Aggies getting more coverage thanks to local entrepreneur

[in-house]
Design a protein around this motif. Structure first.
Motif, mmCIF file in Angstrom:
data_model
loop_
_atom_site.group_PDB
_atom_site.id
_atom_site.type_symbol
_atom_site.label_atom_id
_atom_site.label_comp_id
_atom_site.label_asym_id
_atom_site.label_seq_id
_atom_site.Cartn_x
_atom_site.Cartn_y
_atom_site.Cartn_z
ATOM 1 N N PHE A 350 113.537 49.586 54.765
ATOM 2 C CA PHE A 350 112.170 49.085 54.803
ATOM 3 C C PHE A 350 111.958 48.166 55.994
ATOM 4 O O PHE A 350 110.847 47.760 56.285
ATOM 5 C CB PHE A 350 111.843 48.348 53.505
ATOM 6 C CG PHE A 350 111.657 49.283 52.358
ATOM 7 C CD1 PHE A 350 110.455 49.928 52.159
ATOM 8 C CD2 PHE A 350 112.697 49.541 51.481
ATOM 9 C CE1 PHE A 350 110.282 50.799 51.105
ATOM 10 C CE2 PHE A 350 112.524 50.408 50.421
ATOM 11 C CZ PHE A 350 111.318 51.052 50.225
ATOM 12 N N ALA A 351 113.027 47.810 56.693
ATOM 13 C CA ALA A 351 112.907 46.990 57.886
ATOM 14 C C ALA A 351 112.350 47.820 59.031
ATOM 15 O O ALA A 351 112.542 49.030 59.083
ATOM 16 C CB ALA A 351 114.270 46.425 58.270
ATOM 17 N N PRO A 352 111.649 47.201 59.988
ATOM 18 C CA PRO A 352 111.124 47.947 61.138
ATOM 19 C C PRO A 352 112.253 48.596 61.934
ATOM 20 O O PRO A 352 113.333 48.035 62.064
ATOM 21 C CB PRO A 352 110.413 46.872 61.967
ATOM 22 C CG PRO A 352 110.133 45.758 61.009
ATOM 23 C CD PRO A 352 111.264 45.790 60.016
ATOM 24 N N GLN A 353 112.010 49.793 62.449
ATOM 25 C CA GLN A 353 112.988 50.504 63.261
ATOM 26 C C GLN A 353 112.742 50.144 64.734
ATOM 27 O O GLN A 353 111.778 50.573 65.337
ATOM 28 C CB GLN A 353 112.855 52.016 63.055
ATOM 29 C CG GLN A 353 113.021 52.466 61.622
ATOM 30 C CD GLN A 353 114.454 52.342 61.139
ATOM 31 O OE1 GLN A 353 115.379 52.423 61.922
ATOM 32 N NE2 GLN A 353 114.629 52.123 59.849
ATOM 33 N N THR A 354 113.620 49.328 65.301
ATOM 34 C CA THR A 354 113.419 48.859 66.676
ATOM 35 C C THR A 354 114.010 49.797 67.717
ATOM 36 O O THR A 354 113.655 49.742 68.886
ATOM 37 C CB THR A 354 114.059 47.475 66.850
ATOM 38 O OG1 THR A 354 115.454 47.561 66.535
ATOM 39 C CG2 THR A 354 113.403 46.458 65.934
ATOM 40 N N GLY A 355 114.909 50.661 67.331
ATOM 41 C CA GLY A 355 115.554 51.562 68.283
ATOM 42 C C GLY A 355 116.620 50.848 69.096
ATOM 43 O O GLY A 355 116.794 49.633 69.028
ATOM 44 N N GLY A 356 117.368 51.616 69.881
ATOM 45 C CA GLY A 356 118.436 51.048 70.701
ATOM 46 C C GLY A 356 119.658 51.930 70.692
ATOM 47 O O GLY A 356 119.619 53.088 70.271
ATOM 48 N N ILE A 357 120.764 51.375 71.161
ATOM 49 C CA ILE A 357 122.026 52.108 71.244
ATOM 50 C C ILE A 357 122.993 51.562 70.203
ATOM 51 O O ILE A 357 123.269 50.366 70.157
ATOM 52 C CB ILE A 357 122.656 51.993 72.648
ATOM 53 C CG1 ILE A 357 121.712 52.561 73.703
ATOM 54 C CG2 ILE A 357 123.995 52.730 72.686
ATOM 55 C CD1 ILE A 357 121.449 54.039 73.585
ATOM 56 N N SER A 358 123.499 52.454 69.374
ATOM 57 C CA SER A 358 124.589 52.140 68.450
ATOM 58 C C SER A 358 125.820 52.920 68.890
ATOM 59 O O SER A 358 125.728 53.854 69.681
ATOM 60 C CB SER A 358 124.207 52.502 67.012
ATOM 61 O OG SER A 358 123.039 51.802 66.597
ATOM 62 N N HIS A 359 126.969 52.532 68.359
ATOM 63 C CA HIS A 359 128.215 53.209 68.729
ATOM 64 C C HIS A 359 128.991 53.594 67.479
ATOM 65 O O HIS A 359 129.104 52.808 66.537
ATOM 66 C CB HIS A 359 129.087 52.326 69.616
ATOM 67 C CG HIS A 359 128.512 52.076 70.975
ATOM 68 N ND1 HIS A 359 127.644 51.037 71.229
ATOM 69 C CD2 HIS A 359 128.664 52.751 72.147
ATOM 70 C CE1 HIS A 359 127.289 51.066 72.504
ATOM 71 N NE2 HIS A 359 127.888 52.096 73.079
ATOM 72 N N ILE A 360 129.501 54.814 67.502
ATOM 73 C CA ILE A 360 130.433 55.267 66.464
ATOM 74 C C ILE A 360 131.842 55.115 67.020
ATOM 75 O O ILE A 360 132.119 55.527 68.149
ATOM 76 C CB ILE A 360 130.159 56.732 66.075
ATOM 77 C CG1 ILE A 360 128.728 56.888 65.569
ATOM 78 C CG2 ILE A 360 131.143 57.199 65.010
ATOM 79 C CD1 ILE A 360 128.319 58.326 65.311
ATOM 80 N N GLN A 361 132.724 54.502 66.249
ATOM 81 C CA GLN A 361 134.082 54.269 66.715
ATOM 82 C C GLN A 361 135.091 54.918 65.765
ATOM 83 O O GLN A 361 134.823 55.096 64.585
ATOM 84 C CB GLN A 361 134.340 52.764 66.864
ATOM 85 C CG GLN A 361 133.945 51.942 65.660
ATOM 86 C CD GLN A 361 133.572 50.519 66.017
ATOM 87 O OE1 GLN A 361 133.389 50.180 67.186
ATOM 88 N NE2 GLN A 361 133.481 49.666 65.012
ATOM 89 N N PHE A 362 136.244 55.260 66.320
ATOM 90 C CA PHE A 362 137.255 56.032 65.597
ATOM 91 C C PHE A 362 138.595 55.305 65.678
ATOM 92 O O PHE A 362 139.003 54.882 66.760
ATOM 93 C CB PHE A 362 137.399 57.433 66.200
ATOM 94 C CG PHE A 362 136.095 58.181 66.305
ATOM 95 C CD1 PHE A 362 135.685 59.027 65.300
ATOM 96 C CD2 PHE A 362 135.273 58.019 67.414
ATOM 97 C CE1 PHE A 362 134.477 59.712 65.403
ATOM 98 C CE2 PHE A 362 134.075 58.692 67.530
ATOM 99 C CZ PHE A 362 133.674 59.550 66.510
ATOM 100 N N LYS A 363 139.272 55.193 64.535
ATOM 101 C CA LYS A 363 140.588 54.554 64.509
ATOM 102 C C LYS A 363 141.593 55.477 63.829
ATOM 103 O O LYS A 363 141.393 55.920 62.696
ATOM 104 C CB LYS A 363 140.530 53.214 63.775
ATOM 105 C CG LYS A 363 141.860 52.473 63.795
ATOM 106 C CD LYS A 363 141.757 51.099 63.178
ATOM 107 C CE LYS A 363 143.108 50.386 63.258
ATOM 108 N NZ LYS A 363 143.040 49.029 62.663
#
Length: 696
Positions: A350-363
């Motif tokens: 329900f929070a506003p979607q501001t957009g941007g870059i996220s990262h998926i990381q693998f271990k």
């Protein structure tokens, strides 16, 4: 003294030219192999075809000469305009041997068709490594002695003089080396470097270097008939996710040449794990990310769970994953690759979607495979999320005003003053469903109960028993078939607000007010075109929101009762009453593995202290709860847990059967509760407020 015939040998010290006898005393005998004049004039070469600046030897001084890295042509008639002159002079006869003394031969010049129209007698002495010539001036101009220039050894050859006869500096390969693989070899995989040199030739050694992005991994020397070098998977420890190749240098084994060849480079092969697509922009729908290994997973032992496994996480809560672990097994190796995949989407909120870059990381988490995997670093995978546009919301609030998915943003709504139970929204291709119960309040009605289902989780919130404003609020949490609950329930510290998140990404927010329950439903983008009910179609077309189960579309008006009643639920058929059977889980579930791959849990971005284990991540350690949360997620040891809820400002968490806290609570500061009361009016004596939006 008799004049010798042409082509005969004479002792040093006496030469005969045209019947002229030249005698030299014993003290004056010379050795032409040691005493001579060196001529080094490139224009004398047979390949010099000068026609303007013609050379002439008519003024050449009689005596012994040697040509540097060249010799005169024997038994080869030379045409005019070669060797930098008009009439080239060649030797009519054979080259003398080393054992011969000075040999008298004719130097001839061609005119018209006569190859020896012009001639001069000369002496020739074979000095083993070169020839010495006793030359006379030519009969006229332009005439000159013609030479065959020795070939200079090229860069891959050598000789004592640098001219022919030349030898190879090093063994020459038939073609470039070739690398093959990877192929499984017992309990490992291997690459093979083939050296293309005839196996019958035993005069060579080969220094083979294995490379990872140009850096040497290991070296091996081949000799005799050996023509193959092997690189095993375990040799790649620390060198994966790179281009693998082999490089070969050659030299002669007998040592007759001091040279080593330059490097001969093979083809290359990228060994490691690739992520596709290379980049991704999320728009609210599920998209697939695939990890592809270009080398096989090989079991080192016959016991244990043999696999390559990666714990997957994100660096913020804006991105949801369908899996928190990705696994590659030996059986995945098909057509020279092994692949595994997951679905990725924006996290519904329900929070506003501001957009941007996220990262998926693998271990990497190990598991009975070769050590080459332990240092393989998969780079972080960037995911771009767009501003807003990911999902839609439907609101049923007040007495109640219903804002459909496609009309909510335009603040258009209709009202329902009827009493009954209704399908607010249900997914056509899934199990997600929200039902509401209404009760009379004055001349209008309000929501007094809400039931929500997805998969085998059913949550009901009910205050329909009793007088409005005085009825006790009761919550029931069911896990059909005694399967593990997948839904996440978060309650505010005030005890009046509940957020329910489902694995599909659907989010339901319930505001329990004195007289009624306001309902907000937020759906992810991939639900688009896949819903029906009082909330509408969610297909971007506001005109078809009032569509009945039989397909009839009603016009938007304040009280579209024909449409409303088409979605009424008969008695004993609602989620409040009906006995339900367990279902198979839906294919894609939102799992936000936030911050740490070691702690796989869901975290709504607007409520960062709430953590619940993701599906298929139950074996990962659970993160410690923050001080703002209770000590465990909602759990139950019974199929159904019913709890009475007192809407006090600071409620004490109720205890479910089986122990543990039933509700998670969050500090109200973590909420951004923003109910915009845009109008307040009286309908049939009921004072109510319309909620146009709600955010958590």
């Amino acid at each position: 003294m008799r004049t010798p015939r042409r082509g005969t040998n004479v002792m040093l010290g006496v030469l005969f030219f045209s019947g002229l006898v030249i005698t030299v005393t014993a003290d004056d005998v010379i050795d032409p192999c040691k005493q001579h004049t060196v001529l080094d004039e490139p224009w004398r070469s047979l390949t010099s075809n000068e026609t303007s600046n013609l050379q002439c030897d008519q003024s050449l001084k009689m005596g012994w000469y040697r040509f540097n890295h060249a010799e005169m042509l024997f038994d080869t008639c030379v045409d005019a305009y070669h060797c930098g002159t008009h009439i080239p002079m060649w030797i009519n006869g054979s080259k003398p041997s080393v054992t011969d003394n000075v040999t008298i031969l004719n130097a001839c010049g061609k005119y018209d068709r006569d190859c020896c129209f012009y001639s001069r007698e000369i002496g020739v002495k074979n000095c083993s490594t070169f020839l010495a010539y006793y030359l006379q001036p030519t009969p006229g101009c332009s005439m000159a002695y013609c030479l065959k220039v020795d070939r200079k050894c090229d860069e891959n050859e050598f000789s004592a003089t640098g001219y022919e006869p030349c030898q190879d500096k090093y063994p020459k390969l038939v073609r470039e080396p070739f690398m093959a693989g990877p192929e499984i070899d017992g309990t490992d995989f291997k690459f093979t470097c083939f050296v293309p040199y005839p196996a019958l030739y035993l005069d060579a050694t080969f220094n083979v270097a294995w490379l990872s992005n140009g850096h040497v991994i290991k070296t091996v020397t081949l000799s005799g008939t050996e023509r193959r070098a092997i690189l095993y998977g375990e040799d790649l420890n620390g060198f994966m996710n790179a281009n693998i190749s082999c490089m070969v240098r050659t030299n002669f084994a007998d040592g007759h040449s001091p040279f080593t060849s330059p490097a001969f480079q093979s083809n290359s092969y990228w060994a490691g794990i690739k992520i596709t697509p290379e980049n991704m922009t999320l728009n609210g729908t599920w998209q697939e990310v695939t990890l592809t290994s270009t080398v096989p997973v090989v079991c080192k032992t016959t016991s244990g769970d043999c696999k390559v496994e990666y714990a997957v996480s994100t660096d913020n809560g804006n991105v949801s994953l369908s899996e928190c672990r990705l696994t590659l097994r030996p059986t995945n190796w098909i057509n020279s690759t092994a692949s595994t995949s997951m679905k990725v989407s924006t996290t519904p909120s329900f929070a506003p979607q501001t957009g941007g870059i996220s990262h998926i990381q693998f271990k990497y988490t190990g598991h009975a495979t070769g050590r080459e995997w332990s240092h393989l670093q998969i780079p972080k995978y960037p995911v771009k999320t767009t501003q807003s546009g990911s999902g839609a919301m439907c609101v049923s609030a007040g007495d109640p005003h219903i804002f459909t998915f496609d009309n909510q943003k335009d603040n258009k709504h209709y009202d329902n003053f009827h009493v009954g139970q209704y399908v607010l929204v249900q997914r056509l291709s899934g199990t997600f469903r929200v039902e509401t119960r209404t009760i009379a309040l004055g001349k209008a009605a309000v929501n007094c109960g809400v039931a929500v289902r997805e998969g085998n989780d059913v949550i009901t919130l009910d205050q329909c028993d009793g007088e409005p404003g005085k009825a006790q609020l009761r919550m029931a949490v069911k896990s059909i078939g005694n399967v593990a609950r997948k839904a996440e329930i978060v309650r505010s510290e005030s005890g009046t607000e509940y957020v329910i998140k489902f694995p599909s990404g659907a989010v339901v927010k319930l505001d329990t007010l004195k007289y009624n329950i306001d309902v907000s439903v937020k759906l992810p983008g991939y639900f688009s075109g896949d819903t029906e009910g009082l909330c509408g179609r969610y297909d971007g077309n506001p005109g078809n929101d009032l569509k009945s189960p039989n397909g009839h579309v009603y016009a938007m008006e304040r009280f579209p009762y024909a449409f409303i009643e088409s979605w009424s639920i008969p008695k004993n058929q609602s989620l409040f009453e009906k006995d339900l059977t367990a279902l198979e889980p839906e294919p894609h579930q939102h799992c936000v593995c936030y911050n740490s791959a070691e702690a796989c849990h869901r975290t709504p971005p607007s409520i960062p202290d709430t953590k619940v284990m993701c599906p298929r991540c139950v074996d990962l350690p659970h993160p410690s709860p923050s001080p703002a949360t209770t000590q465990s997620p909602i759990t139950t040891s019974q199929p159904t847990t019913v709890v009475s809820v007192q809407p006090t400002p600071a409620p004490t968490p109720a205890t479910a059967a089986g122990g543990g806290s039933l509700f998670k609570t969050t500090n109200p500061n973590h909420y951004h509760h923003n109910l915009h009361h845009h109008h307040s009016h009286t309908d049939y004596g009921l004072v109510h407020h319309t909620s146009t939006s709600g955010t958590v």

Logan’s Bob Stokes was an outstanding basketball player at Logan High, played the sport at Utah State University, earned a college degree in respiratory therapy and by the age of 22, in 1976, had founded Cache Valley Oxygen Company. But a longtime interest in video production led him to start another enterprise, now known as Cis-Com Digital Media. For several years that company has broadcast primarily high school sports events in Utah. Through a recent agreement with Utah State University Athletics Cis-Com will telecast 77 Aggie events annually, including football, men’s and women’s basketball, gymnastics and volleyball. Salt Lake City station CW30 will broadcast 15 of the football and basketball events live on statewide cable. Other events will be tape delayed on Comcast. “We started our company just before the Olympics,” Stokes said this week. “We started by creating a hotel TV network for the Olympics, then branched off with a local television station in Cedar City doing local sports. That’s where we met Gary Andersen, he was SUU’s head football coach at that time.” Stokes said that led to a contract with Comcast to produce high school sports broadcasts. He said Cis-Com has developed two larger “sprinter vans” and turned them into production studios on wheels that can be rolled up to a high school and soon be ready for a telecast of an event. “The last four years we’ve done about 180 events for Comcast each year and I think that’s how we got the attention of Utah State University.” said Stokes. “Our hope is to bring a more economical model to producing Aggie sports telecasts.” Cis-Com and a company in Salt Lake City, XXL Sports, jointly own the rights to the Aggies’ television sports productions. In addition to the company’s sprinter vans Cis-Com runs two large (45 to 48 foot) trucks, the Galaxy and the Eclipse. The Galaxy, which Cis-Com contracts out to ESPN, other networks and several college conferences, includes a high end Kaylpso video production switcher. Stokes said if local support grows Cis-Com could take the lower cost model of production on the road, broadcasting away games back to Utah. Cis-Com’s agreement with the Aggies includes responsibility for all production seen on Romney Stadium and the Smith Spectrum in-house jumbotron screens. “That is totally a separate operation, with separate cameras,” said Stokes. “We can’t share cameras because we’re going to television breaks, so another truck runs the jumbotron video.”

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